Daladier


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Related to Daladier: Mussolini, Paul Reynaud

Da·la·dier

 (də-lä′dē-ā′, dä-lä-dyā′), Édouard 1884-1970.
French statesman who signed the Munich Pact with Adolf Hitler in September 1938. He was arrested by the Germans after the fall of France (1940) and remained in captivity until 1945.

Daladier

(French daladje)
n
(Biography) Édouard (edwar). 1884–1970, French radical socialist statesman; premier of France (1933; 1934; 1938–40) and signatory of the Munich Pact (1938)

Da•la•dier

(dəˈlɑ diˌeɪ, də lɑdˈyeɪ)

n.
Édouard, 1884–1970, premier of France 1933, 1934, 1938–40.
References in periodicals archive ?
Contract notice: Circulation And Insertion Study Of Cycle Routes And Public Transport On The Decks Of The Kingdom And Daladier Connecting The Towns Of Avignon And Villeneuve Avignon
Among these were British Prime Minister Neville Chamberlain and French Prime Minister Edouard Daladier.
A state visit to France in 1938, for example, prompted French Prime Minister Edouard Daladier to describe her as "an excessively ambitious young woman who would be ready to sacrifice every other country in the world so that she may remain Queen".
His successor, Edouard Daladier, along with Britain's Neville Chamberlain, signed the Munich pact, which allowed Hitler to carve up Czechoslovakia.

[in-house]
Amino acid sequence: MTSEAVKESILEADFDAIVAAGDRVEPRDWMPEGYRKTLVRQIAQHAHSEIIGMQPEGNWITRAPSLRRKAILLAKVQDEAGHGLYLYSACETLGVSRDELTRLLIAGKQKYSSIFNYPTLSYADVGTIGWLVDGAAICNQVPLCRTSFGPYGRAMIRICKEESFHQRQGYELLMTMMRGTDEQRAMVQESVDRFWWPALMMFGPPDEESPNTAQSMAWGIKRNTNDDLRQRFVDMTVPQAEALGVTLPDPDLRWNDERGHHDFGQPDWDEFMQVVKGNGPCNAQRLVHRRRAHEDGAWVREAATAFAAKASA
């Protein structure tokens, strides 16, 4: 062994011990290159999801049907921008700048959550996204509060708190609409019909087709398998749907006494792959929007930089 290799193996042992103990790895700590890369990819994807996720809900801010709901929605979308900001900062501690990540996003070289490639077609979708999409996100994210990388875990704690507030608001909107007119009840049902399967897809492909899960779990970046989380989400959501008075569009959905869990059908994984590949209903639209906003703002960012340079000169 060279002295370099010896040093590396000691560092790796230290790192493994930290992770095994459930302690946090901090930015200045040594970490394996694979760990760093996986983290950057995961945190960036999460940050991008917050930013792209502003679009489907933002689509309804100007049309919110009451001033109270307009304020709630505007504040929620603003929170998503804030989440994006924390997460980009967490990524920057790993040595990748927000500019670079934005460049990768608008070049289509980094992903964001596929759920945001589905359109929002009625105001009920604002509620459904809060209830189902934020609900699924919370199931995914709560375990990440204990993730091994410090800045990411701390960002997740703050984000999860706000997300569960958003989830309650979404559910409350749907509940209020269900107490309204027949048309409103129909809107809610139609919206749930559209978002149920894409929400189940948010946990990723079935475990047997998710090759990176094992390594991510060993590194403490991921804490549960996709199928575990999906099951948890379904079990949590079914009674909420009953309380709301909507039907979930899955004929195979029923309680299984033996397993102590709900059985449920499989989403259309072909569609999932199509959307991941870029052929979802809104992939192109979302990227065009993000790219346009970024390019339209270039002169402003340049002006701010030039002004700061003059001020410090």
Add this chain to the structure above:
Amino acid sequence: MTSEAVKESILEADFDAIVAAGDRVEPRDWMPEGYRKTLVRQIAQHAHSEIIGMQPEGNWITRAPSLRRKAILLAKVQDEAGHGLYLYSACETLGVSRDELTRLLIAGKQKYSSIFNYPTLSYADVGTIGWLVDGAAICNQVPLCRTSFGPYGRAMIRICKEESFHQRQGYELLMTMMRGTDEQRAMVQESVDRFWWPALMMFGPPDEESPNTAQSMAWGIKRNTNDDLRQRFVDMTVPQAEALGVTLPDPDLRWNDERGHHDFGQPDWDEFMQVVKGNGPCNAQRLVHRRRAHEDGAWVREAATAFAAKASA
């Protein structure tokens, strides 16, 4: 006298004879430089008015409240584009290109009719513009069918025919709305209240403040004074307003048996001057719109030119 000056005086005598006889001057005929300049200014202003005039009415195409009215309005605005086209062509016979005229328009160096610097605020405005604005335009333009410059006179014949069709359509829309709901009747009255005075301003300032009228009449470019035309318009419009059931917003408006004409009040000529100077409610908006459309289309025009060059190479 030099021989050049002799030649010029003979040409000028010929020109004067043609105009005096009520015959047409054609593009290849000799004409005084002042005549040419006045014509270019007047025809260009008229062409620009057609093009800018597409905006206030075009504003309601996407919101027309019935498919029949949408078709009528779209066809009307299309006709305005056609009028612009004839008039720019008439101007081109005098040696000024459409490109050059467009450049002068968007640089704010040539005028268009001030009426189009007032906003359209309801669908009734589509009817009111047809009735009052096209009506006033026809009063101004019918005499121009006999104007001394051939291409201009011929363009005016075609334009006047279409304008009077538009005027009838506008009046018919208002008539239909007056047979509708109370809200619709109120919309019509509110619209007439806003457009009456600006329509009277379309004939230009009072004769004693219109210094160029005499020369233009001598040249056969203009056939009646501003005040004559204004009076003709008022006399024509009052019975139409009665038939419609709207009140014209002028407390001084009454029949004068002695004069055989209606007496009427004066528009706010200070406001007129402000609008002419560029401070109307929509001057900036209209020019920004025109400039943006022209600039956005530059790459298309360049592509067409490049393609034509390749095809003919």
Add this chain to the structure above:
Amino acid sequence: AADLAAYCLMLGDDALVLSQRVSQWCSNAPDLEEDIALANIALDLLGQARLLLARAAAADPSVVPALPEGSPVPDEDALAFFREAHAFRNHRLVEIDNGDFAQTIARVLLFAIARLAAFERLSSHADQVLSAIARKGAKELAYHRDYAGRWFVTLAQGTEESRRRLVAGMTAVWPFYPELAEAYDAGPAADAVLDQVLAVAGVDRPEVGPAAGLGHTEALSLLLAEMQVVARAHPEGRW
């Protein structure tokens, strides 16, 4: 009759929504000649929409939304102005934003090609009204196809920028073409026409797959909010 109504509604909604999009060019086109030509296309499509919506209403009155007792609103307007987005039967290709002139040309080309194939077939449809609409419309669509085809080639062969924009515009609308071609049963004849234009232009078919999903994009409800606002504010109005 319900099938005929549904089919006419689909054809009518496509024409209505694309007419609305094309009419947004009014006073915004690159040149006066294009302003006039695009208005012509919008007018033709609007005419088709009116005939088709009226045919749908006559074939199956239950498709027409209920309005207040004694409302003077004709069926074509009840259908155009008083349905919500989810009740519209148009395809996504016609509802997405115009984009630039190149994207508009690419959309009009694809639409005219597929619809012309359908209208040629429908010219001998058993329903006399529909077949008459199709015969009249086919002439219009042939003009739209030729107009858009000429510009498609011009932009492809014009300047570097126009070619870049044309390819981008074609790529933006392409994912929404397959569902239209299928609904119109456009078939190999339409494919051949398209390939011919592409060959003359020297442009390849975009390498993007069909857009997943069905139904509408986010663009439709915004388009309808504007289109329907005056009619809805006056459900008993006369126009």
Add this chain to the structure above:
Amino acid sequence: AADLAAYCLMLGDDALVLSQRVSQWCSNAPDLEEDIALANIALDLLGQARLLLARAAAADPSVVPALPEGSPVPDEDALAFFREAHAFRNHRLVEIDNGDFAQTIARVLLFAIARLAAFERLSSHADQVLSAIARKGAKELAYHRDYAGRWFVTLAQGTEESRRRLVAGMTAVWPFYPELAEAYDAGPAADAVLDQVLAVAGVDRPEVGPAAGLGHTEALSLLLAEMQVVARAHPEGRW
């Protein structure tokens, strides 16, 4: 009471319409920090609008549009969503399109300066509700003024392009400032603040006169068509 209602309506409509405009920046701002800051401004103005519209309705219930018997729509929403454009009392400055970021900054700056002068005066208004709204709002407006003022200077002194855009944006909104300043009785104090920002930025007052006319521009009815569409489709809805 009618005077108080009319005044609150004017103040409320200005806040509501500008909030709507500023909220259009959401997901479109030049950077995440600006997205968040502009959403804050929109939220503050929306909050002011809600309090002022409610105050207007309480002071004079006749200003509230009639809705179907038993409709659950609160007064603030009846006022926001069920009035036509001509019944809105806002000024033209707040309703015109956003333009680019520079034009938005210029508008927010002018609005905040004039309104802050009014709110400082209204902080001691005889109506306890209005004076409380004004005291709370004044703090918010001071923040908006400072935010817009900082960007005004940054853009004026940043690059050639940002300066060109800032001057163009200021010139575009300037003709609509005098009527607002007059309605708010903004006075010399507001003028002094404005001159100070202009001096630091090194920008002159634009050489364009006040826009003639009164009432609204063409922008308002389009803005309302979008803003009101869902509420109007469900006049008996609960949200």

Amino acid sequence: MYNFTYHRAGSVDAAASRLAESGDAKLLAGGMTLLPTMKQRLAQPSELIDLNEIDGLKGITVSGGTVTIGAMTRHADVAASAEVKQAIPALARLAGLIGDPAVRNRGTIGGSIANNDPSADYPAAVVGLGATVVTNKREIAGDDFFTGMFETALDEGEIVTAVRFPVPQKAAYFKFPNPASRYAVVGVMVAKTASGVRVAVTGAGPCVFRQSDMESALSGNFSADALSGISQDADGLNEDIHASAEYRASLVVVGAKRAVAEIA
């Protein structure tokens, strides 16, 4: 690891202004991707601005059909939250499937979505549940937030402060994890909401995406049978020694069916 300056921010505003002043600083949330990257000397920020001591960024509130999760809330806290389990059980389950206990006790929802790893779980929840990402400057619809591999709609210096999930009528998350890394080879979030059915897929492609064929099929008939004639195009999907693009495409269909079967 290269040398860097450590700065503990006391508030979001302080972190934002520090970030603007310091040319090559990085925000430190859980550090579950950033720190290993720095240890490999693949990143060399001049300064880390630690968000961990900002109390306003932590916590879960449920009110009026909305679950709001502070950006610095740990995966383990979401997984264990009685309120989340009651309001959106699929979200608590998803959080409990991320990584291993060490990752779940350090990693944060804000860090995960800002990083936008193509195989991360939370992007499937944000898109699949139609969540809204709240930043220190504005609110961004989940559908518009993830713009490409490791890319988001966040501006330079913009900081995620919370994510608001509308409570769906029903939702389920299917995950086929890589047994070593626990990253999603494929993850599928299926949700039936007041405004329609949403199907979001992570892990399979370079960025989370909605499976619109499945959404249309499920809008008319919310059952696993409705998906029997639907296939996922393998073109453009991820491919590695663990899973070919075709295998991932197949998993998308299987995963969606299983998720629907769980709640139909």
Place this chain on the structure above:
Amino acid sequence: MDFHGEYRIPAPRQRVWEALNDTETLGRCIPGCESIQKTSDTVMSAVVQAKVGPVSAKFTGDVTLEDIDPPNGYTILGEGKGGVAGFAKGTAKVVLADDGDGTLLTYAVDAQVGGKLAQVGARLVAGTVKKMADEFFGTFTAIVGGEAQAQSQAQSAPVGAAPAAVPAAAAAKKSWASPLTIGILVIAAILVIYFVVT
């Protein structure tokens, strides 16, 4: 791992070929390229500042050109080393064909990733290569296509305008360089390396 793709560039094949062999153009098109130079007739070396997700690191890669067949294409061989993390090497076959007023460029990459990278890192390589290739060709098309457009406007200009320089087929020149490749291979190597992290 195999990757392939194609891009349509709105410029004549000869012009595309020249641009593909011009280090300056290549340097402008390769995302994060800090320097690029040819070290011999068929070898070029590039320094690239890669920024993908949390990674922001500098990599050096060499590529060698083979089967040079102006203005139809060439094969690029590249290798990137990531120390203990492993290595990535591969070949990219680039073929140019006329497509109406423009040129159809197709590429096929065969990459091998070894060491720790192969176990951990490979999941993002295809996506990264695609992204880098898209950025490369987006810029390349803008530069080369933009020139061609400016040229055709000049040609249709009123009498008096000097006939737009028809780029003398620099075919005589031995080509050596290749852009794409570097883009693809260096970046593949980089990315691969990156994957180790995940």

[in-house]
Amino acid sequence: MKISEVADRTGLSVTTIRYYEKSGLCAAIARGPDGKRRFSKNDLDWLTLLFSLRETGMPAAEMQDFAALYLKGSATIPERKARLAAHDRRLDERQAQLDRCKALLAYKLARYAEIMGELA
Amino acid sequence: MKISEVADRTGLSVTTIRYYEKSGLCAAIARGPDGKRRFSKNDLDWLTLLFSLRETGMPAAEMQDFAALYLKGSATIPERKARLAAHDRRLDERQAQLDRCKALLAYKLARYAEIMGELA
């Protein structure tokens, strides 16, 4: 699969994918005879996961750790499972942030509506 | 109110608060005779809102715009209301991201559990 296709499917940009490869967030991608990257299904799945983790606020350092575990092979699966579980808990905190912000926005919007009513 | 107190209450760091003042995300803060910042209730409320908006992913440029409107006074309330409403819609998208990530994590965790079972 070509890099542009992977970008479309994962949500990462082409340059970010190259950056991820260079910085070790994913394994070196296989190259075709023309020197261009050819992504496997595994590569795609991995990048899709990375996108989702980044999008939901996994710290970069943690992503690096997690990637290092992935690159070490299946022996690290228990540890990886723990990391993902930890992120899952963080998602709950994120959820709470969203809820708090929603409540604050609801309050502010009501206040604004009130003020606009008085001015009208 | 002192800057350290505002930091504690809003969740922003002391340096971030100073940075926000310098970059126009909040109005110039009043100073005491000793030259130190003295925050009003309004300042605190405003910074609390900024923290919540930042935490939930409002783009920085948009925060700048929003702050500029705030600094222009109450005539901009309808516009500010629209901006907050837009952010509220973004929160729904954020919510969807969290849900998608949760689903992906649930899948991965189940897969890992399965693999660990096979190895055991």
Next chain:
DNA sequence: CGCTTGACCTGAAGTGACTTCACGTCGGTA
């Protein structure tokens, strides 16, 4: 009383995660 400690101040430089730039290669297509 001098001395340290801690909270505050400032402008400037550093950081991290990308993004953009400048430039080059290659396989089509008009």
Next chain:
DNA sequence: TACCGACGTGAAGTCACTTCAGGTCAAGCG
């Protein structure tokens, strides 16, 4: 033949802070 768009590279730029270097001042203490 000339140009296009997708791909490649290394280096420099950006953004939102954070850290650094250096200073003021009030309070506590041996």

Bodon effectively illustrates how Petain and the Vichy labeled Gamelin, Daladier, and Blum as the politicians and military leaders responsible for the "great defeat" of France in 1940 by the Nazis.
It may be fashionable to belittle the "lessons of Munich," when Neville Chamberlain and Edouard Daladier appeased Hitler, deferring to his claims on Czechoslovakia.
Le 26 novembre 1938, a Paris, lors d'une seance a l'Academie des sciences morales et politiques, Raoul Dandurand est accueilli par le ministre des Affaires etrangeres, Georges Bonnet, du gouvernement Daladier, dont on connait les affinites religieuses (55), et celebre <<les relations intellectuelles entre le Canada et la France>>.
A repeat of the infamous agreement between Adolf Hitler, Benito Mussolini, Edouard Daladier and Neville Chamberlain, in which the Sudetenland, a province belonging to Czechoslovakia though inhabited by Germans, was turned over to Nazi Germany, leaving democratic little Czechoslovakia defenseless.
The riots resulted in fifteen deaths and provoked the fall of the Edouard Daladier government and its replacement with the more conservative Gaston Doumergue-led coalition.
Guderian wrote after the war: "The proposals of de Gaulle, Daladier and others along these lines had been ignored.
The 'worse' consisted of the three principal Axis leaders--the Italian dictator, Benito Mussolini (1883-1945), the Japanese Prime Minister, Hideki Tojo (1884-1948), and the German chancellor, Adolf Hitler (1889-1945), while the 'bad'--the English Prime Minister Neville Chamberlain (1869-1940), the Soviet dictator, Joseph Stalin (1878-1953), and the French Premier, Edouard Daladier (1884-1970)--were being accused by the international media of compromising the independence of states like Austria, Czechoslovakia and Poland.
While Mussolini never gained full power over the church, monarchy, or armed forces, Hitler used his expression of dangerous thoughts others could not themselves articulate to corrupt the society; and the French premier Edouard Daladier aptly described him as "a popular chief, with something of the religious authority of Mahomet.